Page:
Consider this: The $400 billion in private capital that is needed annually for large-scale conservation, according to Credit Suisse and McKinsey & Co., is eight times even the more generous current estimates of total conservation financing.
Conservation practitioners and investment experts gathered last month at the New York City office of Credit Suisse to explore how to bridge that gap and meet the conservation objectives of the U.N.’s 2030 Sustainable Development Goals. Here are some key insights from the conversation.
1. Local and artisanal projects may have to transition toward simple, commercial and “boring” solutions. More investors and institutions are moving toward conservation investments. However, there is a need for “boring” projects that fit easily into portfolios. Also needed: innovations that are straightforward to implement, transferable to other locations and contexts, and easy to scale (see, “Making Nature Pay: Bankers Work to Finance Conservation at Scale“).
The tradeoff: innovation and ingenuity are needed to preserve values and traditions inherent to small investments in community projects.
2. Capital is not the problem. We need more projects. According to a report last year, “State of Private Investment in Conservation,” private capital committed had reached a new high of $8.2 billion, but investors were still looking for deals, with a reported $3.1 billion undeployed at the end of 2015.
Kevin Smith, vice president at Goldman Sachs’ Environmental Markets Group, said project developers must bring more attractive and investable projects to the table. Smith said well-conceived projects have three crucial factors in place. First, a clear understanding of the local context where the project will be developed. Second, an agreed-upon set of goals and outcomes. And third, a strategic plan with defined interventions and metrics that enable developers to achieve and track the accomplishment and impact of those goals.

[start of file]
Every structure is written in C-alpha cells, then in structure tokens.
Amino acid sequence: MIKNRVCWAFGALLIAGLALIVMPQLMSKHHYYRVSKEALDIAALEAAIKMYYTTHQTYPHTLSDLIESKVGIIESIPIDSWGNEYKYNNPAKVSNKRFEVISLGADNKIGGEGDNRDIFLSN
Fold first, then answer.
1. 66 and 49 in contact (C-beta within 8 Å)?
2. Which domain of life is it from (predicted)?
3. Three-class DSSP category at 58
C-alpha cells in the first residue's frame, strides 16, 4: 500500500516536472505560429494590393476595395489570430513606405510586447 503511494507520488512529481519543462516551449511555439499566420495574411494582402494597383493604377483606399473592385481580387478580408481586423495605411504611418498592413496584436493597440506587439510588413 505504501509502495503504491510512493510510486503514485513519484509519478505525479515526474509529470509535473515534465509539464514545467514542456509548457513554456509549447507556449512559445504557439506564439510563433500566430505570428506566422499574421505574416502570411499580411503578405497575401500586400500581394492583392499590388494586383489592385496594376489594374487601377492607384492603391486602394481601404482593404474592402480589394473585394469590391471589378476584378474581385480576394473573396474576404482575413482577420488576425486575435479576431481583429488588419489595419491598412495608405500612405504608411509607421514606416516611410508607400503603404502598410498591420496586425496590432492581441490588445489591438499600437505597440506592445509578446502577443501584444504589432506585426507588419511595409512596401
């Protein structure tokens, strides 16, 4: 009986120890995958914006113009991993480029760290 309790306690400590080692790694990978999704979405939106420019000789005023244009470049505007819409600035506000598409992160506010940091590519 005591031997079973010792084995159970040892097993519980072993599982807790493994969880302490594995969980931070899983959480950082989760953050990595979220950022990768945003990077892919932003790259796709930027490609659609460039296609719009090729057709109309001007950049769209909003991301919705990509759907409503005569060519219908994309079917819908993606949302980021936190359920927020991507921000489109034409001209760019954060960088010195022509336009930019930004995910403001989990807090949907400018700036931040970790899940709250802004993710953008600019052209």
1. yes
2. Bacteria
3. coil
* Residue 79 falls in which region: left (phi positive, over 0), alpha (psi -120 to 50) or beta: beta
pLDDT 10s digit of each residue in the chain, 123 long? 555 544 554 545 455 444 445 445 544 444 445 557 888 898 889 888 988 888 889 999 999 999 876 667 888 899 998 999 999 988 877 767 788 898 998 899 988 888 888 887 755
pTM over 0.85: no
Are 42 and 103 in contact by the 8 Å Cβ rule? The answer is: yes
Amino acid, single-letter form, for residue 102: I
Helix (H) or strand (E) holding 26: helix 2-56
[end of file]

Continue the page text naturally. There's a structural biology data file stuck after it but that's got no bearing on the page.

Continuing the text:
3. Aligning with the Sustainable Development Goals (SDGs) is crucial. The 17 SDGs adopted in 2015 provide a common framework that allows the private sector to focus its efforts and support governments in tackling the most pressing global development challenges. As investors are looking for products that are aligned with the SDGs, linking conservation outcomes to the delivery of these goals is a good strategy for scaling up investments in natural systems.
The connections are evident, especially with the SDGs directly related to natural resources such as Clean Water and Sanitation (SDG No. 6), Sustainable Cities and Communities (No. 11), Life below Water (No. 14), and Life on Land (No. 15).
It is time to start thinking more holistically and to not silo sustainability efforts. Integrating SDGs into the overall design and planning of projects across sectors leverages these goals and amplifies them.
4. Disclosure, transparency and validation can mitigate risks. Information plays a fundamental role allowing investors to feel more comfortable when making decisions. Transparency and validation are fundamental to building trust and credibility. As Tanja Havemann, director and founder of Clarmondial, said: “There is a huge amount of information that could be relevant for investment-making but is not being used by the investors.”
The DC Water Environmental Bond, which links financial returns with environmental performance, is a perfect example of this. Catherine Godschalk, vice president of investments at Calvert Foundation, said there were two main reasons for the bond’s success.
First, the investors had a clear understanding of the confidence interval or range of values in which their returns would reside. The bond had three performance tiers. There was a 95-percent likelihood that the outcomes were going to be the ones investors expected.
Second, the project’s positive environmental outcomes were technically analyzed and validated by third-party experts and hydrologists.
5. Green finance can align the financial system with sustainable development. Alignment of the financial system with environmental and social outcomes is starting to gain momentum, as the G20 announced its commitment to address issues related to green finance in 2016.
The development of a green finance agenda includes the creation of the Green Finance Study Group to “identify institutional and market barriers to green finance” and to develop options in different countries to enhance the ability of the financial system to mobilize private capital for green investment. Several countries have already integrated green financing measures in their capital markets, highlighting the role of policy in regulating and supporting these emerging market opportunities.